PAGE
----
The rapid increase in cases of insect resistance to insecticides indicates that the contribution of present chemical control practices inevitably leads to exhaustion of available insecticide resources against key insect species. Now the problem of insecticide resistance exists worldwide among insects and mites affecting field crops and animals including human beings, ranging from minimal or absent in some developing countries, where use of insecticides has been low, to extremely severe in many developed countries. Since the occurrence of insect resistance to insecticides was firstly recognized in 1908, the increase in recent decades has been almost linear and now the number of species of insects and acarines in which resistant strains have evolved have been increased to a total of 432. Of these, $261(60\%)$ are agricultural importance and $171(40\%)$ of medical/veterinary importance. The phenomenon of insecticide resistance is asserting itself as the greatest challenge to effective chemical control of many important insect pests. Resistance of insects to insecticides has a history of nearly 80 years, but its greatest increase and its strongest impact have occurred during the last 40 years following the discovery and extensive use of synthetic organic insecticides and acaricides. The impact of resistance should be considered not only in terms of greater cost of pest control due to increased dosages and number of applications but also in terms of the ecological disruption of pest-beneficial species density relationships, the loss of investment in the development of the insecticides concerned, and socio-economic disruption in agricultural communities. Despite its grave economic consequences, the phenomenon of insecticide resistance has received surprisingly little attention in Korea. Since the study of insecticides started firstly in 1963, many entomologists have been concerned with this study. According to their results, some of the rice pests and some of the mites on orchard trees, for example, have developed worrisome level of resistance in several areas of this peninsula. With many arthropods, considerable advances in the developed countries have been made in the study of the biochemical and physiological mechanisms of resistance. Progress involves the biochemical characteristics of specific defense mechanisms, their genetics, interactions, and their quantitative and qualitative contribution to resistance. But their studies arc still inadequately known and relatively little have been contributed in terms of unique schemes of population management in achieving satisfactory pest control. It is apparent that there is no easy solution to resistance as a general phenomenon. For future challenging to effective control of insect pests which are resistant to the insecticides concerned, new insecticide groups with distinctly novel mode of action are urgently needed. It is clear, however, that a great understanding of the factors which govern the intensity of selection of field population for resistance could lead to far more permanently successive use of chemicals within the framework of integrated pest management than heretofore practiced.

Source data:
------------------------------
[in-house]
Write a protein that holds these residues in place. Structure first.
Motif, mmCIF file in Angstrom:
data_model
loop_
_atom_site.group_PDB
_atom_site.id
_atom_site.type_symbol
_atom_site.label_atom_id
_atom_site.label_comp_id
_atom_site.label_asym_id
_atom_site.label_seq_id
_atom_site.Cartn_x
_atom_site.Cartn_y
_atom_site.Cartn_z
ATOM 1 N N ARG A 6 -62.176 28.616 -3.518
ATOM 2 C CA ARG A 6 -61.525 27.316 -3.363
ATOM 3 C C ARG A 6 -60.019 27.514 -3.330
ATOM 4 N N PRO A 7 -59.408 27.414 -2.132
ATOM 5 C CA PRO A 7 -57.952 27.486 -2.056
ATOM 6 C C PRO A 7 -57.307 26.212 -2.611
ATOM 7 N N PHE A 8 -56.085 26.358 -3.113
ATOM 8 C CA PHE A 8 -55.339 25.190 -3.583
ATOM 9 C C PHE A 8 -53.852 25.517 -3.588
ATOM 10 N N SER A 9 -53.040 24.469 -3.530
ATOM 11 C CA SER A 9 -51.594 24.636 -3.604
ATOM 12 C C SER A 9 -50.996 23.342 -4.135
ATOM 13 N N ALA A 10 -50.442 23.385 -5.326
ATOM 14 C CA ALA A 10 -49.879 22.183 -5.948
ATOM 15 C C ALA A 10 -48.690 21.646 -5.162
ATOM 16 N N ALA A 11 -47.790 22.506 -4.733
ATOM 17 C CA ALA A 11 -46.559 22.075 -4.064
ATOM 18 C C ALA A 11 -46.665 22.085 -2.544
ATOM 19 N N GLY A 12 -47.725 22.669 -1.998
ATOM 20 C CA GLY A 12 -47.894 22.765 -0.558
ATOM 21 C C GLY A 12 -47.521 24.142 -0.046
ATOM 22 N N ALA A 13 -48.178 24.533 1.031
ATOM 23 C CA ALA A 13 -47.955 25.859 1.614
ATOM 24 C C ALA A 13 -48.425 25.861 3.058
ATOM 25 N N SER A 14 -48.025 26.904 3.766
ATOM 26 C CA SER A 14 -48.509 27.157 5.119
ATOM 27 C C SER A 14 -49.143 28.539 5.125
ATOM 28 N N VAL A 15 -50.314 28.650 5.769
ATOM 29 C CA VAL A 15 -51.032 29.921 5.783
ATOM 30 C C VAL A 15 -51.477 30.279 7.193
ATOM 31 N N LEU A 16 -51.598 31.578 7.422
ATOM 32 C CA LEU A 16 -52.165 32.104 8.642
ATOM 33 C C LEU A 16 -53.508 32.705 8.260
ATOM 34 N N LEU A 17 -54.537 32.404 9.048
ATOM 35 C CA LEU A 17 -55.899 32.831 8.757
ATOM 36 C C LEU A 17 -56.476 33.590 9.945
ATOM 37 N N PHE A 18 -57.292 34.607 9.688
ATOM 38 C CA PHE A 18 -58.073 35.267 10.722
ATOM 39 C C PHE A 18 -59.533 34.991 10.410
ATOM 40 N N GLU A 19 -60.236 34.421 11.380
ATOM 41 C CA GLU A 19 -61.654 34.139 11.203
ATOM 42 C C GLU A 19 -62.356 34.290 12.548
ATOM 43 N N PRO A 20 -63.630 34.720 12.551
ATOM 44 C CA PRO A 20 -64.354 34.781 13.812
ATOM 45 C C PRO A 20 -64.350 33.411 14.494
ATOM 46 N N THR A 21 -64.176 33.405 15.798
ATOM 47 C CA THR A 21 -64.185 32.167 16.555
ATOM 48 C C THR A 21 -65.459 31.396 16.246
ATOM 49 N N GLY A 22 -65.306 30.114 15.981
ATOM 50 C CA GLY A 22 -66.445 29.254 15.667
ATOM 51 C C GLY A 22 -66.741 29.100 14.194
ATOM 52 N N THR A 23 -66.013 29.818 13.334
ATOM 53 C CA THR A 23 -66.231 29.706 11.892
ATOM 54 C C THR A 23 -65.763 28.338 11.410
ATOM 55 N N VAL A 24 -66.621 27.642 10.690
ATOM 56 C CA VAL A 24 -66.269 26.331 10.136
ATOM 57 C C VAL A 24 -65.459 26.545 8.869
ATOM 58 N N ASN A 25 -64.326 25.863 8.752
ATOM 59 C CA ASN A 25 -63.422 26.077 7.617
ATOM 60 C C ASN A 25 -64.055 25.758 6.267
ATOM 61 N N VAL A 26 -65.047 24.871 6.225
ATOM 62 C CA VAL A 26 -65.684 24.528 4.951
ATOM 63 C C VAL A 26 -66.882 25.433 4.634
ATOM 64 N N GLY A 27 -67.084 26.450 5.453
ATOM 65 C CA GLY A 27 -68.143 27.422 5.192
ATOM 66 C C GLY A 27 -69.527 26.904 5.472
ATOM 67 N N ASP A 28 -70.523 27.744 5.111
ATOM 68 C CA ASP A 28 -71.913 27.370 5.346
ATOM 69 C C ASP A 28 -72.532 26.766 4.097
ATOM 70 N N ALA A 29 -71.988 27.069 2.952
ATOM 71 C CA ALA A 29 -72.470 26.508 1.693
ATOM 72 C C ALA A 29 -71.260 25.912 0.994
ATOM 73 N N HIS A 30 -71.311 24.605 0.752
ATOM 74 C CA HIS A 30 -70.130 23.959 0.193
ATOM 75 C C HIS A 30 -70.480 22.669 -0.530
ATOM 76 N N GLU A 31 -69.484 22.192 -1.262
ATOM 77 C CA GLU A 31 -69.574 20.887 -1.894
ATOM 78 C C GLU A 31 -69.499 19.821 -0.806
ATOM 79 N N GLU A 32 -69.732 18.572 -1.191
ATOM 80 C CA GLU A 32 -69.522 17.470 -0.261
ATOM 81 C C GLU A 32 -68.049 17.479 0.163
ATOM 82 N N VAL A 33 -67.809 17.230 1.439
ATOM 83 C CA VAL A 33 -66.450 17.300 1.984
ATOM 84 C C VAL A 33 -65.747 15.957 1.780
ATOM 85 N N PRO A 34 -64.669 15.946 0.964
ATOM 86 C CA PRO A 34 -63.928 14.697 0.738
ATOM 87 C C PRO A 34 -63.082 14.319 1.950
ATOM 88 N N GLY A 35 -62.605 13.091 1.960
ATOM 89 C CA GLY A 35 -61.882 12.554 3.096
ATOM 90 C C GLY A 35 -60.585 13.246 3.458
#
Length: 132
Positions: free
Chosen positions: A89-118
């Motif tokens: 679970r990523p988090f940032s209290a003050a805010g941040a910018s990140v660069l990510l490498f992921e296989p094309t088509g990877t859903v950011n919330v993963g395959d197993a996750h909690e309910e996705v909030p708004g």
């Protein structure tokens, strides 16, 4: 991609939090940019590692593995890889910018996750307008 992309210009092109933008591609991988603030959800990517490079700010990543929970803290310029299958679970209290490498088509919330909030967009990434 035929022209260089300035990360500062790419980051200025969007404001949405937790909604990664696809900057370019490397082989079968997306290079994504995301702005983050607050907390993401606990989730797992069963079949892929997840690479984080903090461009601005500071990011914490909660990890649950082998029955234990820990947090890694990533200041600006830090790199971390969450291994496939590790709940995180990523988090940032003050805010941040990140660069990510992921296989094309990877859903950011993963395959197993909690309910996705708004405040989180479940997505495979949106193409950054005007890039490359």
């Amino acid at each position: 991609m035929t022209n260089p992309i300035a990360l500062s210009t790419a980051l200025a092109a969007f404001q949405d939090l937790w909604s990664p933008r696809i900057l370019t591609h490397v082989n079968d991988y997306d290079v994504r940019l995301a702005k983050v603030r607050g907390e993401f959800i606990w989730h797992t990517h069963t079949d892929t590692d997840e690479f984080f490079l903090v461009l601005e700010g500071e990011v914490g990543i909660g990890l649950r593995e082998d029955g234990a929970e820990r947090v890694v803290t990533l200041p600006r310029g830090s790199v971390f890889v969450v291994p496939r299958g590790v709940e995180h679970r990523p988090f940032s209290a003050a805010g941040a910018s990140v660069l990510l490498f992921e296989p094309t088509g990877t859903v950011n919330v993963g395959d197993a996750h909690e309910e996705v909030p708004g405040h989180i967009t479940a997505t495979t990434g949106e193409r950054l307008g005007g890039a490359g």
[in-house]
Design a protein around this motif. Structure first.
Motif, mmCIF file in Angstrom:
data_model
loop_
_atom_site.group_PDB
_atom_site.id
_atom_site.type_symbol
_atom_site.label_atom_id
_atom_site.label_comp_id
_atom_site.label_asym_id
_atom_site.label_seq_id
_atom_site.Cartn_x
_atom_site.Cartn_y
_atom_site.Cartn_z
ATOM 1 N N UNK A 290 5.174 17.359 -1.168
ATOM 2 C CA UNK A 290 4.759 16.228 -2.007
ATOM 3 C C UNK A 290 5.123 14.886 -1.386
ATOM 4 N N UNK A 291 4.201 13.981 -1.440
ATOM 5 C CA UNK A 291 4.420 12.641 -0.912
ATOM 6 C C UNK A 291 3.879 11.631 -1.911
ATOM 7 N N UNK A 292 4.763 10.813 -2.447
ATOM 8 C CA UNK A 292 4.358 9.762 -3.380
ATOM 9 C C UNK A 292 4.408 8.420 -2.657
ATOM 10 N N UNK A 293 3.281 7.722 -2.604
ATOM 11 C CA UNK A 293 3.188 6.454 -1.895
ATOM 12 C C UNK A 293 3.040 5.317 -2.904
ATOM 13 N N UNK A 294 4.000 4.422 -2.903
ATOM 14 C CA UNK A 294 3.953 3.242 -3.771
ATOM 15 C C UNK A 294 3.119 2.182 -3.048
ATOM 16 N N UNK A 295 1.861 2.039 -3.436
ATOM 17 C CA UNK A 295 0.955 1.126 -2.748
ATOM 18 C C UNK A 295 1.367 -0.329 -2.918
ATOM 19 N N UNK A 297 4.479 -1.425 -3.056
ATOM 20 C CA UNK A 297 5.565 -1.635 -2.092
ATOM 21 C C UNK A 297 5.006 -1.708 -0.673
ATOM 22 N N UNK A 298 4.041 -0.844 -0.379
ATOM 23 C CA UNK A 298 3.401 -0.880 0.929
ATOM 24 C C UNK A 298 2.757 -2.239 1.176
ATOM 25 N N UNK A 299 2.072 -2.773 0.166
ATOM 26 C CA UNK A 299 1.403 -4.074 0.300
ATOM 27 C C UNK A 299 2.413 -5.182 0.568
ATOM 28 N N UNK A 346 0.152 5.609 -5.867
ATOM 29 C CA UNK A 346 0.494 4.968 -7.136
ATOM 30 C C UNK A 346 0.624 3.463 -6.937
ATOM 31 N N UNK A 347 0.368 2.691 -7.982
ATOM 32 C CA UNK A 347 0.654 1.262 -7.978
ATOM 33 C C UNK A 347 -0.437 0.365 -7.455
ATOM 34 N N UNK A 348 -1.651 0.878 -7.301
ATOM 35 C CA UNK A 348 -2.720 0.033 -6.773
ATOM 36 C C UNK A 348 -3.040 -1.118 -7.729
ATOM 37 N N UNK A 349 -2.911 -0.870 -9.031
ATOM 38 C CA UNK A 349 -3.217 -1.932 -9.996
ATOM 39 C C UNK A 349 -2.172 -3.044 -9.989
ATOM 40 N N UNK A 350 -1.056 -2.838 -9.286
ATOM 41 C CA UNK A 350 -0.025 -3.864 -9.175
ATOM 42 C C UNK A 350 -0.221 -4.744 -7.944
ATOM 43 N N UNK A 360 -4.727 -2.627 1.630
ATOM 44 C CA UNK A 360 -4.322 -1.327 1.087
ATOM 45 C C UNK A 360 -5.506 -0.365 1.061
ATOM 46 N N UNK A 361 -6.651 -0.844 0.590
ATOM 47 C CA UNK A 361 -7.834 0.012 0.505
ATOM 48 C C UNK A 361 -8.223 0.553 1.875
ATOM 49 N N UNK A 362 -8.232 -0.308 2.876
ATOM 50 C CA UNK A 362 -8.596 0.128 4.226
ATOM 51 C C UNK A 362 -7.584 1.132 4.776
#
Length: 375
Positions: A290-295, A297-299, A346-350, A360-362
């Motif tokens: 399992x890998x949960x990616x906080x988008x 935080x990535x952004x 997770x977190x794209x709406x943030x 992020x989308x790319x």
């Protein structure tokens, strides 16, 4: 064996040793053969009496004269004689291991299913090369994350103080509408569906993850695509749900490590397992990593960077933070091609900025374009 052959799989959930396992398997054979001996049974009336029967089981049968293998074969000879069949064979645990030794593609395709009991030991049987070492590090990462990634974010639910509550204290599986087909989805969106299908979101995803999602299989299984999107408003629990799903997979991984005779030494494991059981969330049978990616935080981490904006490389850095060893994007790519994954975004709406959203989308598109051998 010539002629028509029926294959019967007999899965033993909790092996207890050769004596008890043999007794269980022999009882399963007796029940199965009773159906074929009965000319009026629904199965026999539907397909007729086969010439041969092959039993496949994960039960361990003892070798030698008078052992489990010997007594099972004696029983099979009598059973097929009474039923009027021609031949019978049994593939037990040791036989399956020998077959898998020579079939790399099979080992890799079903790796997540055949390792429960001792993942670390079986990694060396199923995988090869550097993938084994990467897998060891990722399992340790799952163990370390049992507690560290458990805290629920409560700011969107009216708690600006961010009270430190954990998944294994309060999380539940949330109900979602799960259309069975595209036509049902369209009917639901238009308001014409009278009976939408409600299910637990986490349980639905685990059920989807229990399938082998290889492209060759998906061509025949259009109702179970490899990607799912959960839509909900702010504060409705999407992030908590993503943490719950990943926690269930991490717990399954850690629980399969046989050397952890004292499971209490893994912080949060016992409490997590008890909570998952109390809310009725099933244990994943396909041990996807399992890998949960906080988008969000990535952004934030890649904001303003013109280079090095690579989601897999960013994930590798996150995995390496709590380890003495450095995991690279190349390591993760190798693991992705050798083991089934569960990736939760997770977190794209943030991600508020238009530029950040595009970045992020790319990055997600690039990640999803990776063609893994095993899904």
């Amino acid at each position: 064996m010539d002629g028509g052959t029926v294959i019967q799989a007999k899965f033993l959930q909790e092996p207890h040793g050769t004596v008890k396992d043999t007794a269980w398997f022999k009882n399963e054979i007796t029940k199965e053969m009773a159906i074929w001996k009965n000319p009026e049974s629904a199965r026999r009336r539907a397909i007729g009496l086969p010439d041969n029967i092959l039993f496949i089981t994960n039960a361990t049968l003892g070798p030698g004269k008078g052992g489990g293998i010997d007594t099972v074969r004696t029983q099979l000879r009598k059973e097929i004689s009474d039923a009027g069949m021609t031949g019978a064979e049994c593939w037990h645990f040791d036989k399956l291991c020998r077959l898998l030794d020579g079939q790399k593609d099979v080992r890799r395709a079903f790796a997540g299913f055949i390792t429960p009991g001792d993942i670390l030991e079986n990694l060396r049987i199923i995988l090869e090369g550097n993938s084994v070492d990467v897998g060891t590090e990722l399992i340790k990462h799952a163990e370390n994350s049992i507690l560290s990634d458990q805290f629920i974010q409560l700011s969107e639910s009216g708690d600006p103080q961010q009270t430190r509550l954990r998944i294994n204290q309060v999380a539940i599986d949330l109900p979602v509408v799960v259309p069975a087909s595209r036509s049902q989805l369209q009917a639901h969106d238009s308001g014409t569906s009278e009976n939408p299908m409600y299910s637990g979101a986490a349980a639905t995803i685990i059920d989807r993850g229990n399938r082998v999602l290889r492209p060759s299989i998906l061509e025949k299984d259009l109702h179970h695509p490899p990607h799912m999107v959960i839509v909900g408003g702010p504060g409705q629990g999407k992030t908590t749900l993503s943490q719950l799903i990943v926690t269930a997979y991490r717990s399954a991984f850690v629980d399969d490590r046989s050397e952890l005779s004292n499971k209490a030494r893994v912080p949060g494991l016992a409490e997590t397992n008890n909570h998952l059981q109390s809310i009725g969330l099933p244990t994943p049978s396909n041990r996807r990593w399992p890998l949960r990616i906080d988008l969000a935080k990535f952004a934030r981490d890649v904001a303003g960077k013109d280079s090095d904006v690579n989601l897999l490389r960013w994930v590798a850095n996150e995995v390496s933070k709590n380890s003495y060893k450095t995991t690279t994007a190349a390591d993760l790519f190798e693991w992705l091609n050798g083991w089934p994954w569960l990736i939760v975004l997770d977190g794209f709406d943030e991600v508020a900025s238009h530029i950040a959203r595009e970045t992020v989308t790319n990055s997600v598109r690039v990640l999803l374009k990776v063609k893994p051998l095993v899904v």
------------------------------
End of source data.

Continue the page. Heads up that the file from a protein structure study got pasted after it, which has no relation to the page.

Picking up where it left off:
이 논문을 인용한 문헌 (0)
- 이 논문을 인용한 문헌 없음